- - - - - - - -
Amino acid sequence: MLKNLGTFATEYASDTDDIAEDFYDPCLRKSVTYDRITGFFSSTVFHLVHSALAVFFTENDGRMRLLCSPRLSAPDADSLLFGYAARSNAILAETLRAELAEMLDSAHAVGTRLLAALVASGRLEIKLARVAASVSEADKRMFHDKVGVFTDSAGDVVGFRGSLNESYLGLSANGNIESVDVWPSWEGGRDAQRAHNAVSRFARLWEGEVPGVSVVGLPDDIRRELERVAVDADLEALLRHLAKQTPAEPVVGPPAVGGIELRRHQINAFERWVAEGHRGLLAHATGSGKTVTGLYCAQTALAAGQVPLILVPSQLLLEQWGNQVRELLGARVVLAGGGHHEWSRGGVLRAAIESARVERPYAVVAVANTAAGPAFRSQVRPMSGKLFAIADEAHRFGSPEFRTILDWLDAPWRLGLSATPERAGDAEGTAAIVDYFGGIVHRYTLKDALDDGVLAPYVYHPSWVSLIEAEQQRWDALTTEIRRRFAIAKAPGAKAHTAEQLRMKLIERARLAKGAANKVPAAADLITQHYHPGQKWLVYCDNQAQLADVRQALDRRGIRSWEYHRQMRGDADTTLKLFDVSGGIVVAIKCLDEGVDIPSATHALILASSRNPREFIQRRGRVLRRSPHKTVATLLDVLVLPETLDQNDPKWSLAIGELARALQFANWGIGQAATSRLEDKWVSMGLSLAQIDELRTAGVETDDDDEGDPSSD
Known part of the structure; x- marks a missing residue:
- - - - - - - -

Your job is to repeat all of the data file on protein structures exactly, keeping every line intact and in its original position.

Amino acid sequence: MLKNLGTFATEYASDTDDIAEDFYDPCLRKSVTYDRITGFFSSTVFHLVHSALAVFFTENDGRMRLLCSPRLSAPDADSLLFGYAARSNAILAETLRAELAEMLDSAHAVGTRLLAALVASGRLEIKLARVAASVSEADKRMFHDKVGVFTDSAGDVVGFRGSLNESYLGLSANGNIESVDVWPSWEGGRDAQRAHNAVSRFARLWEGEVPGVSVVGLPDDIRRELERVAVDADLEALLRHLAKQTPAEPVVGPPAVGGIELRRHQINAFERWVAEGHRGLLAHATGSGKTVTGLYCAQTALAAGQVPLILVPSQLLLEQWGNQVRELLGARVVLAGGGHHEWSRGGVLRAAIESARVERPYAVVAVANTAAGPAFRSQVRPMSGKLFAIADEAHRFGSPEFRTILDWLDAPWRLGLSATPERAGDAEGTAAIVDYFGGIVHRYTLKDALDDGVLAPYVYHPSWVSLIEAEQQRWDALTTEIRRRFAIAKAPGAKAHTAEQLRMKLIERARLAKGAANKVPAAADLITQHYHPGQKWLVYCDNQAQLADVRQALDRRGIRSWEYHRQMRGDADTTLKLFDVSGGIVVAIKCLDEGVDIPSATHALILASSRNPREFIQRRGRVLRRSPHKTVATLLDVLVLPETLDQNDPKWSLAIGELARALQFANWGIGQAATSRLEDKWVSMGLSLAQIDELRTAGVETDDDDEGDPSSD
Known part of the structure; x- marks a missing residue: